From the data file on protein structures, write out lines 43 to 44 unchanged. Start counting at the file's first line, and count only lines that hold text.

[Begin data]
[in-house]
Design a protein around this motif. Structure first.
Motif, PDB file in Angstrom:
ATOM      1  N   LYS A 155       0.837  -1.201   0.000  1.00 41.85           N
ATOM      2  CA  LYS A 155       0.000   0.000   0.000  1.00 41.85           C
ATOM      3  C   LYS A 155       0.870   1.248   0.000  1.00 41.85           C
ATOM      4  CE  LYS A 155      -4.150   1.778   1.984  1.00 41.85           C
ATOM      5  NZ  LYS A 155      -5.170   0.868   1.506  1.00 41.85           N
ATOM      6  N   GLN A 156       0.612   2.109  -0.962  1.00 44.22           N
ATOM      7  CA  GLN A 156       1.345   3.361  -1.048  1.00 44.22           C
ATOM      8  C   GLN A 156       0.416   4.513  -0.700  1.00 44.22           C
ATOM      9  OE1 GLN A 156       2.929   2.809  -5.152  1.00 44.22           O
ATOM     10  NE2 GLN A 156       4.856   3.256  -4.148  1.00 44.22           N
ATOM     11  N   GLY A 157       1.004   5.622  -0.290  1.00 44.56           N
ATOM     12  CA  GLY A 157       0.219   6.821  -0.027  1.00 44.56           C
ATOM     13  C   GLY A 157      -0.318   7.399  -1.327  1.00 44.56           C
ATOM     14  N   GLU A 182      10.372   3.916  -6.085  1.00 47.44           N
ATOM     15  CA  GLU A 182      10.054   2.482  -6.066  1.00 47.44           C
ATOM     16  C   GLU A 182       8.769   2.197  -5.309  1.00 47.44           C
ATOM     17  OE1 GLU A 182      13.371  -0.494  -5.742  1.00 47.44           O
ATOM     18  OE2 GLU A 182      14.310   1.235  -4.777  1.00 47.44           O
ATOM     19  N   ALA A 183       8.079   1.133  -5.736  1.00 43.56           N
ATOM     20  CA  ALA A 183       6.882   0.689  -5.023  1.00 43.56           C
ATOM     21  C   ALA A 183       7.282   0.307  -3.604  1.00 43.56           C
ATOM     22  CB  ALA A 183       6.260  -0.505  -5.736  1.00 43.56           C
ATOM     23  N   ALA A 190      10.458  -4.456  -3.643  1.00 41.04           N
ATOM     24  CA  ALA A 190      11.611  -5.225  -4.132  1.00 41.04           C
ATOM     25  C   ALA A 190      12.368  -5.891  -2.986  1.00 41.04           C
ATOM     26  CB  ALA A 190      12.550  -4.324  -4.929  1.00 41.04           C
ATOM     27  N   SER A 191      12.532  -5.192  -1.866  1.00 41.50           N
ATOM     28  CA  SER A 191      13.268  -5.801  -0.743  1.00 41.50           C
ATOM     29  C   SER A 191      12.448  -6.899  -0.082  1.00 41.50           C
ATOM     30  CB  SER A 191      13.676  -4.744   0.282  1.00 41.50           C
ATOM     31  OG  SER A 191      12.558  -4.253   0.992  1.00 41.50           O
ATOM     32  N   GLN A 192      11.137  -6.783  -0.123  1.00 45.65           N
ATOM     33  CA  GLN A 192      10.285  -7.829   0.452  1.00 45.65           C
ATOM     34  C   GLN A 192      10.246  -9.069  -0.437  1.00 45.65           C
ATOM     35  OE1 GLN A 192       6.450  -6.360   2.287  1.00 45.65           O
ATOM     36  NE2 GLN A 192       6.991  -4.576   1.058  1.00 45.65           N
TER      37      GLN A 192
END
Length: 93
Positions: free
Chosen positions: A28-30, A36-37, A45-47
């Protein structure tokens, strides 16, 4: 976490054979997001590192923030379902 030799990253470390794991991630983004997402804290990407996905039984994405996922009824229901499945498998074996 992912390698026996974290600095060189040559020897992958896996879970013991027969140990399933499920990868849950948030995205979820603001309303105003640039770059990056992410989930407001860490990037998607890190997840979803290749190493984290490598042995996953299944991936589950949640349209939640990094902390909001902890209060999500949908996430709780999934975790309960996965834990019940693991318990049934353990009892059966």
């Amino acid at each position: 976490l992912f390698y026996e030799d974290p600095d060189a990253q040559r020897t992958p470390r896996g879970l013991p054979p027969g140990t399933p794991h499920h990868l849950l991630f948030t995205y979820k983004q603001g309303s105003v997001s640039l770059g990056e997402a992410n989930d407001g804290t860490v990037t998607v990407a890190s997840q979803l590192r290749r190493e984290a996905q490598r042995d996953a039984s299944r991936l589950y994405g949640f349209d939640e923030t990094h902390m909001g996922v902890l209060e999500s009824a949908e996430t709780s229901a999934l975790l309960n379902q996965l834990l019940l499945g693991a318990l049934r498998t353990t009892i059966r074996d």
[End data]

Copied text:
Positions: free
Chosen positions: A28-30, A36-37, A45-47